Tuesday, February 4, 2003
Dunn Named Dean of La Verne College of Law, Targets ABA Accreditation
By J’AMY PACHECO, Staff Writer
The newly-appointed dean for San Bernardino County’s only law school said yesterday he is “very enthusiastic” and “very excited” about his new post.
Donald J. Dunn was named dean last week of the 33-year-old University of La Verne College of Law in Ontario. He expects to begin his new assignment June 1.
Dunn said he is “looking forward” to his new post, and said one of his goals—and challenges—will be helping the school “move to the point of receiving ABA accreditation.”
“It is a very, very fine institution,” he observed. “But every institution can be better.”
He said he traveled to Ontario Saturday to attend the university’s annual Presidents Dinner, and met “many, many members of the legal community.”
“I am very impressed with the people we met,” he stated.
Charles Doskow, professor and dean emeritus at the law school, described Dunn’s appointment as the result of a “long” and “exhaustive” search.
“I think I am with the rest of the faculty in being really pleased with the choice, and pleased that he agreed to come,” Doskow said. “He has ABA experience; he has dean experience, and I think he sees the way we do what our mission is.”
Dunn currently serves as a law professor and associate dean for library and information resources at Western New England College School of Law in Massachusetts. He previously served five years as dean of the law school.
Dunn said he has spent the majority of his career – 34 years—working in libraries.
After earning a Bachelor of Arts degree in 1969 from the University of Texas at Austin, he earned his Master of Library Science there in 1972. The following year, he became the first librarian for the Western New England College School of Law.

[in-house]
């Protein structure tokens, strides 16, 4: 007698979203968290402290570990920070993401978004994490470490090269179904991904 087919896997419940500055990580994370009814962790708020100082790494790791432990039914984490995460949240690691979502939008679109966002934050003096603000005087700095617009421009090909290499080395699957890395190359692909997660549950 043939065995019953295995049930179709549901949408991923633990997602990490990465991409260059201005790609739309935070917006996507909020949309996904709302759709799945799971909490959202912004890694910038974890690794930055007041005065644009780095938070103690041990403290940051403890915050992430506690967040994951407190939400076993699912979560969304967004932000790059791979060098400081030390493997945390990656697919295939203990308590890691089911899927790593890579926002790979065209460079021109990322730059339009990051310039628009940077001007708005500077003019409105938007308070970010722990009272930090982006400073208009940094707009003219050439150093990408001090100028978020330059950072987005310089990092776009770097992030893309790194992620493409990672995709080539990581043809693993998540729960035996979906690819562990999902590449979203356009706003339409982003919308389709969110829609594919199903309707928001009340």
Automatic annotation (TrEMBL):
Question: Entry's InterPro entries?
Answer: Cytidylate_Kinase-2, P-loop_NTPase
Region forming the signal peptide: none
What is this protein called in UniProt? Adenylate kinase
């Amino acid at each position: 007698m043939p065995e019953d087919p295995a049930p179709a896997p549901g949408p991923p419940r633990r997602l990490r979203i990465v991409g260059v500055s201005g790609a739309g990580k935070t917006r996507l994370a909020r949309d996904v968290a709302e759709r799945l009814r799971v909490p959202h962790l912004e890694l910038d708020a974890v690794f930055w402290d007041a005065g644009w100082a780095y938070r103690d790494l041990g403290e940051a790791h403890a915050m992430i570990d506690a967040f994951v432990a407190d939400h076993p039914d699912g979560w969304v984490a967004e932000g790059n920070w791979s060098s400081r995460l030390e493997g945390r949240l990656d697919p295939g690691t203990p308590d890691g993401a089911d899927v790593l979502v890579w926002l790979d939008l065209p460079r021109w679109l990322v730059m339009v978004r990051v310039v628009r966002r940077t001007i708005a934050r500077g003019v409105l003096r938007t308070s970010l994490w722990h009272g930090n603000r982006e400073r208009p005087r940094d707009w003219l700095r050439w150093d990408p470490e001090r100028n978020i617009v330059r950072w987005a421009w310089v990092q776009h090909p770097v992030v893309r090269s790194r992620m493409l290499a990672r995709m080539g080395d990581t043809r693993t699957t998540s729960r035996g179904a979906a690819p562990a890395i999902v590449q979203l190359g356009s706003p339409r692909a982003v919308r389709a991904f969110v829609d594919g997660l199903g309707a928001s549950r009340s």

He earned his law degree there in 1983. He served as dean from 1996 to 2001, making him one of only two law librarians in history to serve as a law school dean.
Dunn is considered an authority in law librarianship, and is the author of several books and articles including Fundamentals of Legal Research and Legal Research Illustrated (with J. Myron Jacobstein and Roy M. Merskey); and “Legal Research: A Fundamental Lawyering Skill” in Perspectives: Teaching Legal Research and Writing. He served as editor for Legal Research: Preserving an Essential Lawyering Skill (Granlyn Conference Report) in 1991.
He received the 1993 Article of the Year Award from the Law Library Journal, and in 2001, the Donald J. Dunn Scholarship Fund was established at the Western New England College School of Law in recognition of his service as dean and law librarian.
But it is perhaps his expertise in ABA accreditation that will most immediately benefit the University of La Verne College of Law, which previously sought and did not receive ABA accreditation. The law school is accredited by the State Bar of California.
School officials expect to apply again in the fall.
As a member of the ABA, Dunn has served on more than 40 site evaluation teams since 1977.
“Don brings a wealth of experience that will benefit our students and the greater legal community here in the Inland Empire,” Dr. Richard L. McDowell, provost and vice president for academic affairs said in a written release. “His experience as a law school administrator and background as a consultant and ABA site team evaluator make him highly qualified to lead the College of Law as we prepare for the rigorous ABA approval review process later this year. His insight as a recent member of the Law School Admissions Council also gives us an edge in the highly competitive law school admissions environment.”
Dunn is also a member of the ABA Gavel Awards Screening Committee, and chaired the Law Libraries Committee of the Section of Legal Education and Admissions to the Bar from 1989 to 1992.
He also worked previously for the University of Texas at Austin, Tarlton Law Library, and has served on many legal advisory committees.
Dunn will replace H. Randall Rubin, who has served as interim dean since Kenneth Held stepped down in 2002. Held spent 19 years as dean before stepping down in order to return to the classroom.
Held is on sabbatical, and is expected to begin teaching torts when he returns in August.
Dunn said he expects to return to California in February and again in April to “get organized and get moving along.”
Copyright 2003, Metropolitan News Company